Last night I told myself that I was not going to spend more than a half-hour today trying to finish deploying my Help A Cause app on Heroku. That’s what I told myself. I meant it to. I really did.
I started off reading some from the Learning Rails 3 book which I was reading on the subway ride to NYU which is where I was going to be spending the day. (My fiance works at NYU.) I read a couple chapters then started playing an episode of Ruby Rogues and switched back to deploying on Heroku again. That’s when I became a victim of quick success. I resolved the last issue I was having yesterday pretty quickly and that got me excited thinking I just might be close to it working. (Not really.) And I kept telling myself, “But maybe this is the last error message before it works!”.
I discovered (unfortunately not soon enough) that Heroku seems to run through the Rails app migrations sequentially one by one as it tries to build the database in PostgreSQL. Not sure why this is the way it does it but it just does. There has to be a better way. What was causing me problems was that every time Heroku came across a migration that did something that PostgreSQL did not like, it would puke some cryptic error about some DB incompatibility that most likely did not actually exist in my database any more. It existed in that particular migration it was trying to execute at the time but not in the current schema. Heroku was making me pay for offenses my db commited in its youth. So eventually I figured out that if I deleted the offending migration file and re-ran the migration, Heroku would get further before finding the next migration it didn’t care for. Eventually I got it to finish the migration and Walla! the app came online.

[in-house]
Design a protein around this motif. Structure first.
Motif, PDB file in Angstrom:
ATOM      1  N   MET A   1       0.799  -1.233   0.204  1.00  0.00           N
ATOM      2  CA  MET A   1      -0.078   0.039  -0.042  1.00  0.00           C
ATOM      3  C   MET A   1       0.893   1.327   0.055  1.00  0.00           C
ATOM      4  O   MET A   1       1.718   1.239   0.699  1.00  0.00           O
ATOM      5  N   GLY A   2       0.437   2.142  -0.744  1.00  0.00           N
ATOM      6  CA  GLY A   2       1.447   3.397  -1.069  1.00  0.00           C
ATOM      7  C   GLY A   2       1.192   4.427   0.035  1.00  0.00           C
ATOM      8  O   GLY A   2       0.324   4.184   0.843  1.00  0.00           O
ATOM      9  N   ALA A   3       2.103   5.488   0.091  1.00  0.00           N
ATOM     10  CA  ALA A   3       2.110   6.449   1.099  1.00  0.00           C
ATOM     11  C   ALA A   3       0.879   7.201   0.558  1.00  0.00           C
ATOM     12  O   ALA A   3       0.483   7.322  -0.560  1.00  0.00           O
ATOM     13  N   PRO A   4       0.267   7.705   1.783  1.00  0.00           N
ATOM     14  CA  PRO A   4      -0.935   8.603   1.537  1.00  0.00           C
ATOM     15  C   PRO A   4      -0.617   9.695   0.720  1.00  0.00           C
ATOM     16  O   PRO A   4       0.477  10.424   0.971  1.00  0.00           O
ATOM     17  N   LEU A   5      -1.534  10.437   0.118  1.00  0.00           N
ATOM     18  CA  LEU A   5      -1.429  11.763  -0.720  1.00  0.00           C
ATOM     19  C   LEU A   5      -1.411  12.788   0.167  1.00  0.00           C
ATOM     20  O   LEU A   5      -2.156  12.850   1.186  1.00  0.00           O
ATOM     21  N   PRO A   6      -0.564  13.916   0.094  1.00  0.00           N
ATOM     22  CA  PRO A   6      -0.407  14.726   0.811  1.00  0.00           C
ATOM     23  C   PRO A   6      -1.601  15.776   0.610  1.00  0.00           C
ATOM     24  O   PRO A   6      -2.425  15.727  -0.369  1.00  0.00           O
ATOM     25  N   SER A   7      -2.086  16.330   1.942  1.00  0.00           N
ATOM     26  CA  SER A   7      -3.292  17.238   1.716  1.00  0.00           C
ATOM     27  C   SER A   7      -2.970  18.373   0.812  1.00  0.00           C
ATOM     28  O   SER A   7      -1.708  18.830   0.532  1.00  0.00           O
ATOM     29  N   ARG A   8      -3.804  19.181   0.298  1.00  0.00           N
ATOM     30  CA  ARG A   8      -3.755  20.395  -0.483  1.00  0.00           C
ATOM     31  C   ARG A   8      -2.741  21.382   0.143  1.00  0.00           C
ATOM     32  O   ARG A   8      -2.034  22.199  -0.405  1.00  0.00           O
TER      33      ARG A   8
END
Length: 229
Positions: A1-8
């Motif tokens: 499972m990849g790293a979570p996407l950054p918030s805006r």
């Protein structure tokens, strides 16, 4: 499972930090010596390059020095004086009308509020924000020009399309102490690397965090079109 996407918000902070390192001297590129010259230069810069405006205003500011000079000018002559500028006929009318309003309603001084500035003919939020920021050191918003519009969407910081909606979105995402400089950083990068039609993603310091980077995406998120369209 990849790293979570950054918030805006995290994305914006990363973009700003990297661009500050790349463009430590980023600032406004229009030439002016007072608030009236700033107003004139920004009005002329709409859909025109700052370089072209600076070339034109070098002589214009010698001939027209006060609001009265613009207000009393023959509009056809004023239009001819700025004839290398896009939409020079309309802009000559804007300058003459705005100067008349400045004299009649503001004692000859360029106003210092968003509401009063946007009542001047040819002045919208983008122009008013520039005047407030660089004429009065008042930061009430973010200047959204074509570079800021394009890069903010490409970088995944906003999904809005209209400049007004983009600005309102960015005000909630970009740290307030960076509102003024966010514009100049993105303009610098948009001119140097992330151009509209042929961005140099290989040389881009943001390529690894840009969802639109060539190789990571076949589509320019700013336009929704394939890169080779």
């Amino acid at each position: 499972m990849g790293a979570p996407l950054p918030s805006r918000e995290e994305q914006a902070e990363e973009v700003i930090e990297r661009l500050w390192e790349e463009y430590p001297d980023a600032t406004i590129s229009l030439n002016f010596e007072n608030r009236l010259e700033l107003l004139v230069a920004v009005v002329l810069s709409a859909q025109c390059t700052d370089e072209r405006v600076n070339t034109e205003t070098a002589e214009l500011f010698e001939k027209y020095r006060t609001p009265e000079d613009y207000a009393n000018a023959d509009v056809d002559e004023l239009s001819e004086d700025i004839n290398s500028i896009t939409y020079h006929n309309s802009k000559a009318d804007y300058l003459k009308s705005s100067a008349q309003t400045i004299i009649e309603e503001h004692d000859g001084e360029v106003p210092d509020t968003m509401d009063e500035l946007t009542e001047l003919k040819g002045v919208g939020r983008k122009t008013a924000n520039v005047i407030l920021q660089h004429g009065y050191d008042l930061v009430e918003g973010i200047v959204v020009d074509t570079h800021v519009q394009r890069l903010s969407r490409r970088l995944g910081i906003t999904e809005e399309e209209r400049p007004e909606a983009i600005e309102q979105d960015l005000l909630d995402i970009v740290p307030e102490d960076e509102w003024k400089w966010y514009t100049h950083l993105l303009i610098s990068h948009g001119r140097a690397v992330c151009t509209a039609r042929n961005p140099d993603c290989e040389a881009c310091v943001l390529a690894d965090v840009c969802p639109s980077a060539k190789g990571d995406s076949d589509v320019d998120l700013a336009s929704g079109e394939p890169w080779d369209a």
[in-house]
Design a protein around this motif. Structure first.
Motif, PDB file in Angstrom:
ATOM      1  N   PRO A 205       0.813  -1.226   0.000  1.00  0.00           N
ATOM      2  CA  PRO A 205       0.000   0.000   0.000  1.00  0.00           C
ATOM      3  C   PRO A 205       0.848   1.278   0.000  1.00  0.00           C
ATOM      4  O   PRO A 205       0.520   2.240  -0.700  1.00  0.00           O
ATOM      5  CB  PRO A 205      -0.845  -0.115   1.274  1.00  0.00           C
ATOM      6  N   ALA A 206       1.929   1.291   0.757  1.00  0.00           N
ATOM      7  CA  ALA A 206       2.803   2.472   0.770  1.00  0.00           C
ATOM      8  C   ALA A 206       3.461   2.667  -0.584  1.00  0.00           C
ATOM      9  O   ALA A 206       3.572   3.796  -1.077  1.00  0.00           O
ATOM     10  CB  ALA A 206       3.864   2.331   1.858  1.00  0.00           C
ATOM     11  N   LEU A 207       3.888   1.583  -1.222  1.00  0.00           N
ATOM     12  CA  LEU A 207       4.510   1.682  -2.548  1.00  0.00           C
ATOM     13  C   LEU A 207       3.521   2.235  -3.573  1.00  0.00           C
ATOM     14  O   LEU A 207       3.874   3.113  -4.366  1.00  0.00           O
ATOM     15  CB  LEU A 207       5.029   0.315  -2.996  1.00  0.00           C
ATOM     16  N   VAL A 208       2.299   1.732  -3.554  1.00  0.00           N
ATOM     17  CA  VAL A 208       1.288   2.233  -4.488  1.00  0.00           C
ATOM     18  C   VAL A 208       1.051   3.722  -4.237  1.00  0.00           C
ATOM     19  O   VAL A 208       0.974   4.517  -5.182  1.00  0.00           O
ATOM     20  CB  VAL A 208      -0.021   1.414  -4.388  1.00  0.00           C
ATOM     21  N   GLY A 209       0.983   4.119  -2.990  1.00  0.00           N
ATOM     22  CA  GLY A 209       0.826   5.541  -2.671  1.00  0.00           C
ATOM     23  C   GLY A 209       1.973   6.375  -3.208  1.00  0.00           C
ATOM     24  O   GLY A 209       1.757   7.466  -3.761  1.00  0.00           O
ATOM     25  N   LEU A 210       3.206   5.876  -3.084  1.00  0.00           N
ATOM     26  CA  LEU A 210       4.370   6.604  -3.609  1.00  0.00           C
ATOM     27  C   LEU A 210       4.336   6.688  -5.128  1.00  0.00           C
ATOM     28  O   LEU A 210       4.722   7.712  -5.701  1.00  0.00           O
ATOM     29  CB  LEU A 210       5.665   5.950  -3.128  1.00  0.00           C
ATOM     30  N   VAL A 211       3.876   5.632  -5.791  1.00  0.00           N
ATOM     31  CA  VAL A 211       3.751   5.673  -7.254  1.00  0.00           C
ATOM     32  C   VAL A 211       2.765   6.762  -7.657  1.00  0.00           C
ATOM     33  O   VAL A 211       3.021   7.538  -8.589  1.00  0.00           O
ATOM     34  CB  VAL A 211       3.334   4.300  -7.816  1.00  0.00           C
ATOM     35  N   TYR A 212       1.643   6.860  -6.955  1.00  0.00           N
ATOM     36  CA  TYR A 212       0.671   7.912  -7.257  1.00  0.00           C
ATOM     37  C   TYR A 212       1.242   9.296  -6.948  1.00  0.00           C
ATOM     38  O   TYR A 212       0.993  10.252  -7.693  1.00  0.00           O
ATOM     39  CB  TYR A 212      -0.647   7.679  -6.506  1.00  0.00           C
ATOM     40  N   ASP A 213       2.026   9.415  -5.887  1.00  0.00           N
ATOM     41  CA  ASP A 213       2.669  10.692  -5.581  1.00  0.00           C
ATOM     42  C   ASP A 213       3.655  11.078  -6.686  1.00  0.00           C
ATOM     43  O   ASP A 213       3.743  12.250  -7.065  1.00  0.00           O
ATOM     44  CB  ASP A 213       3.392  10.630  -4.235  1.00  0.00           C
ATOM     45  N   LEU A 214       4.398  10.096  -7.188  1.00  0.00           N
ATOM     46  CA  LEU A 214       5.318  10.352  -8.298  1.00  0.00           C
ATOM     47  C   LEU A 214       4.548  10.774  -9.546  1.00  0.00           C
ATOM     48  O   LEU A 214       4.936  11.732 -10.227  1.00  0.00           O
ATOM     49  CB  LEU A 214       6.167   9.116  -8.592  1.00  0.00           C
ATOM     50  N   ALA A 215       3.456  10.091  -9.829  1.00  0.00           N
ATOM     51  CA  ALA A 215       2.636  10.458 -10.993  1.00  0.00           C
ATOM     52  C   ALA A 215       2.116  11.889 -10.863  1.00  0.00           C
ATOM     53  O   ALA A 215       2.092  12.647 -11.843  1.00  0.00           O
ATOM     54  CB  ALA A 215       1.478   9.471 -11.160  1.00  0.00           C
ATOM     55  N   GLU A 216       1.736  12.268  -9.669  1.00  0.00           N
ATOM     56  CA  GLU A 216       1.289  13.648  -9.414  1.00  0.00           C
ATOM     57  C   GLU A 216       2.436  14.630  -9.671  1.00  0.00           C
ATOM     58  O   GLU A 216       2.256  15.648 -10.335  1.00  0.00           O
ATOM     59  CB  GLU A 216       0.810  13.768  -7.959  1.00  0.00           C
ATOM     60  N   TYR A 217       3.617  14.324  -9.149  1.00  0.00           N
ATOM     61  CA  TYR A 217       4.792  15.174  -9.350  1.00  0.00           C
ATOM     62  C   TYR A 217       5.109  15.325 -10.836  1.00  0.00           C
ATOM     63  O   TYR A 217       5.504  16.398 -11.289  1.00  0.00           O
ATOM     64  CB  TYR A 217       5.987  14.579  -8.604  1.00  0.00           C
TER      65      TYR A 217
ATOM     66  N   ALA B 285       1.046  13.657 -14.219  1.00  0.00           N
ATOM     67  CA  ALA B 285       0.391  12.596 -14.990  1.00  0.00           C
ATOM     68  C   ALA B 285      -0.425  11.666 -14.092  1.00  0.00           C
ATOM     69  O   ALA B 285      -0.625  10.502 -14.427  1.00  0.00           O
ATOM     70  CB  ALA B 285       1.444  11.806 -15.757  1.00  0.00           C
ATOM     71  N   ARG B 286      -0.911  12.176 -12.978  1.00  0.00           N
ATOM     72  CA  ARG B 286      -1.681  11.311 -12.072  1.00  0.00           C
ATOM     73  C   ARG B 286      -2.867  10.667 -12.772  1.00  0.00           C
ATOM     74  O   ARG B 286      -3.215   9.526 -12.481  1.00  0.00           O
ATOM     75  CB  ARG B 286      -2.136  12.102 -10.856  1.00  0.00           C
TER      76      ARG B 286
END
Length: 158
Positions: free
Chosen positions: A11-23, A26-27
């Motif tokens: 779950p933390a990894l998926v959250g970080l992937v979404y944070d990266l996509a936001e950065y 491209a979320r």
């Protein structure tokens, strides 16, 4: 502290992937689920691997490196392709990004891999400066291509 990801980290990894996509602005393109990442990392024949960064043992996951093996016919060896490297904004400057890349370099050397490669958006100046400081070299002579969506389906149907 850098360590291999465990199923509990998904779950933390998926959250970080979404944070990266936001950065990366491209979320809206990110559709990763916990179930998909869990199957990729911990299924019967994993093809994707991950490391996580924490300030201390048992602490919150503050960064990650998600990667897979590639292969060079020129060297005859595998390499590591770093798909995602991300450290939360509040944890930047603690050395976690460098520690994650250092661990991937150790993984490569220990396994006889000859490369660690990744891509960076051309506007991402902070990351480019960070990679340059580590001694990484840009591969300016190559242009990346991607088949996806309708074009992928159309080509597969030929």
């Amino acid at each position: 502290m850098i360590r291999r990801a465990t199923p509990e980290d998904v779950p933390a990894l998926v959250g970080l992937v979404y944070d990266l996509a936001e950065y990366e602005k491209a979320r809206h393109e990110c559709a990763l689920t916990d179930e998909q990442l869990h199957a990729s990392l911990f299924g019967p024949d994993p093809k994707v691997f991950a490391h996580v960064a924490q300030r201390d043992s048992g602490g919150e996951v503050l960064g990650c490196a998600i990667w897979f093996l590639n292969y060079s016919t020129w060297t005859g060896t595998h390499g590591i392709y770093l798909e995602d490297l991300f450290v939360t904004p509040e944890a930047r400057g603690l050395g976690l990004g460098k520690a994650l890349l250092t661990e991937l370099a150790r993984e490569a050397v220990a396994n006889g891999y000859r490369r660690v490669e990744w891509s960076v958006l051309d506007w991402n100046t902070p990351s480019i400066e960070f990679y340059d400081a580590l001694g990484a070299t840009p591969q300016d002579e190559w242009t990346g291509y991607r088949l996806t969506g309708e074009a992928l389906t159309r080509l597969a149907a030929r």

Had lunch and afterwards joined my girlfriend in visiting a restaurant we’re considering for our post-wedding dinner. Not happening til August 2014 but you can never start planning too soon.
After getting back, I decided to try to populate the production database with the data I had in my development database so I had something to work with. Shouldn’t be too hard. All it should take is “heroku db:push”, right? I entered the command, hit enter, and then a few seconds later I learned that Heroku wasn’t done with me yet. “Time zone displacement out of range.” Just rolls off the tongue doesn’t it? Whatever was going on it caused the push to fail and the app to crash to boot. So I hit Google and Stack Overflow and tried to figure out what in the world this error might mean.
Long story short, I came across a proposed solution which I found hard to believe. You’re gonna love this. The proposed solution was to switch to Ruby 1.9.2, reinstall the necessary gems, conduct the push, and then switch back to Ruby 1.9.3. Seriously? With great skepticism I tried it and wouldn’t you know it, it worked. Apparently there’s something about the Heroku db that is incompatible with Ruby 1.9.3. So the only way to get the data push to work is to use 1.9.2. Wow. But everything worked after that.
I ended the day looking into Sinatra. I installed the gem and created and ran my first, basic-as-it-gets Sinatra app. Looks pretty interesting. Can’t wait to learn more.
“Our greatest glory is not in never failing, but in rising up every time we fail” - Ralph Waldo Emerson